As well as smoothing travel for millions of customers, Travelport embarked on its own journey and the destination was IT test automation.
The company executes around 2,000 test sets and 726,000 ‘pass or fail’ test validations a month and there are more tests that cover changes to products in development. As well as coping with this volume of work, it needed to speed up processes to get products out sooner. It also wanted a closer relationship between testers and developers so that tests could be created at the same time that the actual applications themselves were being developed. Automation was the key to achieve these aims.
“When I came to the company, it had no automation so I created a test framework called Test Factory,” says Travelport’s lead quality analyst for automation, Graham England, who is based in Denver, Colorado.
Travelport has had several different test tools but 16 years ago it moved to Quick Test Professional which is now Micro Focus Unified Functional Testing, now called Unified Functional Testing One (UFT One) and uses automated processes to identify bugs. UFT One has been its main focus ever since.
Aimed at accelerating testing, another step in the journey was to implement the Scaled Agile Framework (SAFe) which divides work into three segments –Team, Program and Portfolio. Then a year ago, Travelport implemented the functional testing tool, Micro Focus LeanFT, now called UFT Developer. Targeted at test automation engineers and developers from agile teams, it fits well into the development environments and further accelerates testing.
UFT Developer test creation is now being done in both Dot Net and Java. About 250 people create and execute automated tests and there are 40 different automation projects. Some 300 virtual machines that are used for conducting scheduled tests and for building new automated tests.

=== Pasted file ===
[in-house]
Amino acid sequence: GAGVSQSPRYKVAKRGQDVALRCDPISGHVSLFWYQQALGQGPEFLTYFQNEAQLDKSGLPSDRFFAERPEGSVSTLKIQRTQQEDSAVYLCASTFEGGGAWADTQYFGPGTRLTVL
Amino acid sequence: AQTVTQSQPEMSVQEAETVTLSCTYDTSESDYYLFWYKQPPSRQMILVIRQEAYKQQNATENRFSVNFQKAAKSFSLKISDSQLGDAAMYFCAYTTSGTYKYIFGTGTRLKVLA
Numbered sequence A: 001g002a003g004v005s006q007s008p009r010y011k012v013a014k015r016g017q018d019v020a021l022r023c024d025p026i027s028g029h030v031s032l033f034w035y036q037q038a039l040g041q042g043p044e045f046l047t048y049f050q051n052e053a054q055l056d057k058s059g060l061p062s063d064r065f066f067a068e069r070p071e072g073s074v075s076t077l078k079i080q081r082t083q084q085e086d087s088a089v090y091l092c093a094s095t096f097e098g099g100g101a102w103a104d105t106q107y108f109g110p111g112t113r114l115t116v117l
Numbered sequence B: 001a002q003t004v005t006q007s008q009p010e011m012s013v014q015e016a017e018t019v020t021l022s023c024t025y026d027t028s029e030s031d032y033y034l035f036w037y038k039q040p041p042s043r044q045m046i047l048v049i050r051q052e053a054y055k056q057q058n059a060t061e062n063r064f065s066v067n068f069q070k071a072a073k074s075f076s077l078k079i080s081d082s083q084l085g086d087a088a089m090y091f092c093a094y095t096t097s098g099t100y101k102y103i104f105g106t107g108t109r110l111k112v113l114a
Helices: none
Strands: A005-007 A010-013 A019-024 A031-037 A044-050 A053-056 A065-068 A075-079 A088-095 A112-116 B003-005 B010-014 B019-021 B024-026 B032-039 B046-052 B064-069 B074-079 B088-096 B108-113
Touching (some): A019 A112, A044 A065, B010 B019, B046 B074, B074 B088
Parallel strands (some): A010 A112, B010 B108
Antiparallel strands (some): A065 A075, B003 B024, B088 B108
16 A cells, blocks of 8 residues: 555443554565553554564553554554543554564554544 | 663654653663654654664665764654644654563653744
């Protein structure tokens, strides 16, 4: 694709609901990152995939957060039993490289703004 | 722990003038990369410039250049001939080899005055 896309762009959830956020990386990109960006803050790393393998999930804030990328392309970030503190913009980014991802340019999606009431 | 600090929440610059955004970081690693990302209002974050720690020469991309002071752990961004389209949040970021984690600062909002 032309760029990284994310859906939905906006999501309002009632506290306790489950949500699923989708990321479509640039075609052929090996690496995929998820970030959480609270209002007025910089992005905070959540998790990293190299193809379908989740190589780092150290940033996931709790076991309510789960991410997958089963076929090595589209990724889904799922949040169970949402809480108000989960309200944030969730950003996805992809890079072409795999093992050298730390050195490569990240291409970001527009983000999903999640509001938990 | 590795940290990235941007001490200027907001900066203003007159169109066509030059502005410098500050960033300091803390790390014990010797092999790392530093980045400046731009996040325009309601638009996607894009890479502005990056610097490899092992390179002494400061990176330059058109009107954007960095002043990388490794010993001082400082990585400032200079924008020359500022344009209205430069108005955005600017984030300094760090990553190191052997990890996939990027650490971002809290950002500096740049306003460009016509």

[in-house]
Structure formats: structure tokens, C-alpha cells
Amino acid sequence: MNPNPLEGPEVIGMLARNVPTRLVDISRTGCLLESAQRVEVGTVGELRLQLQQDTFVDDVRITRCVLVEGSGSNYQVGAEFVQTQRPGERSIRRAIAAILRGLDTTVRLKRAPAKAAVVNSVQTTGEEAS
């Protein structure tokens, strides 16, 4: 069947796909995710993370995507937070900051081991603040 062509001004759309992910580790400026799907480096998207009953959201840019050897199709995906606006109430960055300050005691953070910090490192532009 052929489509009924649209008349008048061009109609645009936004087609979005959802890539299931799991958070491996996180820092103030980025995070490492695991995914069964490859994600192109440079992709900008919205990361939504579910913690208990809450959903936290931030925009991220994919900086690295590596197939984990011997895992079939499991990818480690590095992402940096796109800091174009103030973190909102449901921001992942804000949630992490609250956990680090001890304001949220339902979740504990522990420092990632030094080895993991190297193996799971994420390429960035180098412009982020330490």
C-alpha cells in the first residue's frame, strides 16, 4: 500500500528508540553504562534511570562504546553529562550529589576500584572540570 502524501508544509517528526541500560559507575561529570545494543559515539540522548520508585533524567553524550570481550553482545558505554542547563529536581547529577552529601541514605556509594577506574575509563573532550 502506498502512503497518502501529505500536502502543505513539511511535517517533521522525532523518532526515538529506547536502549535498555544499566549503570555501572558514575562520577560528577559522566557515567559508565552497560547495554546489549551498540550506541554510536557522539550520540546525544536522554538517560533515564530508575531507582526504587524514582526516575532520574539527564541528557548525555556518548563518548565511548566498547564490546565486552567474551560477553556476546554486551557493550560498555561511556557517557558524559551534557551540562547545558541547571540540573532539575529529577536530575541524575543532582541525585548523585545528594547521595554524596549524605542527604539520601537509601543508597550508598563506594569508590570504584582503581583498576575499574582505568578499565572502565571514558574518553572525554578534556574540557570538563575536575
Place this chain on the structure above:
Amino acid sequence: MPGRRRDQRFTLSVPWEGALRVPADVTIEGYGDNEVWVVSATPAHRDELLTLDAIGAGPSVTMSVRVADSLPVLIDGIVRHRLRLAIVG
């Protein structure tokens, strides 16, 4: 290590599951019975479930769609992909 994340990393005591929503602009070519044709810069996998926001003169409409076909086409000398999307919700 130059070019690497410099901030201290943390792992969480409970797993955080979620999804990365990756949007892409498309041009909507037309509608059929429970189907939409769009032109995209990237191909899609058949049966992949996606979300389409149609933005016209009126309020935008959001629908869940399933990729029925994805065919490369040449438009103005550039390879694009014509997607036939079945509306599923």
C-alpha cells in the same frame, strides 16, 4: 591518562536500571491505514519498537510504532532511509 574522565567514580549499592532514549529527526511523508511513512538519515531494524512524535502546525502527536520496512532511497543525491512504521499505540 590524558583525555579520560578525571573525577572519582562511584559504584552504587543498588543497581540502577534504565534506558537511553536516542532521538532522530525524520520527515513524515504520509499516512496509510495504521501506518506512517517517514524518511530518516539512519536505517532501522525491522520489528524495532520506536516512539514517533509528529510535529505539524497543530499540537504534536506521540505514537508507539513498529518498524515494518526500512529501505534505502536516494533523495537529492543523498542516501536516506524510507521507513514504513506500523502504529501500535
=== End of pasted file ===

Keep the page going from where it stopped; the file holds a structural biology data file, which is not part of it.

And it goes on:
“Our testing platform enables us to cover different projects, whether it’s a product coming out very rapidly that may want to have a test running every single day or pre-production on demand testing,” says England.
Today’s position in Travelport’s automation journey sees automated testing being used on a significant proportion of projects and many people working with it to ensure quicker development times.
“I work directly with Micro Focus and raise support tickets when we need to. As a center of excellence we feel like we have a very good grasp of UFT One and UFT Developer but for anything that gets more complex, we can either raise a support ticket or I can just get hold of one of the people I work closely with at Micro Focus. They’re always very willing to try and help and to work with me,” says England.
Next steps are that Travelport is taking a Behaviour Driven Development approach with Agile processes and DevOps methodology which are being trialed for both Dot Net and Java. It will then move on to using containers, which package applications with all their dependencies so they can run in isolation from other processes.
“Jenkins will have containers to work in non windows environments Linux, iOS and mobile and so on, so that we can really take our framework to the next level and be able to have all the automation in place regardless of the platform,” says England. “We now have a very mature system in terms of our scheduling, reporting and coverage.
“Travelport has a very wide range of solutions and technologies – everything from green screen through to web services, websites, applications and mobile. Micro Focus UFT One covers all of those different technologies and continually supports us. Going forward we’ll be using UFT One for many projects and then the stuff that’s in SAFe will be taking the UFT Developer approach. That makes me feel very secure in our tool selection.”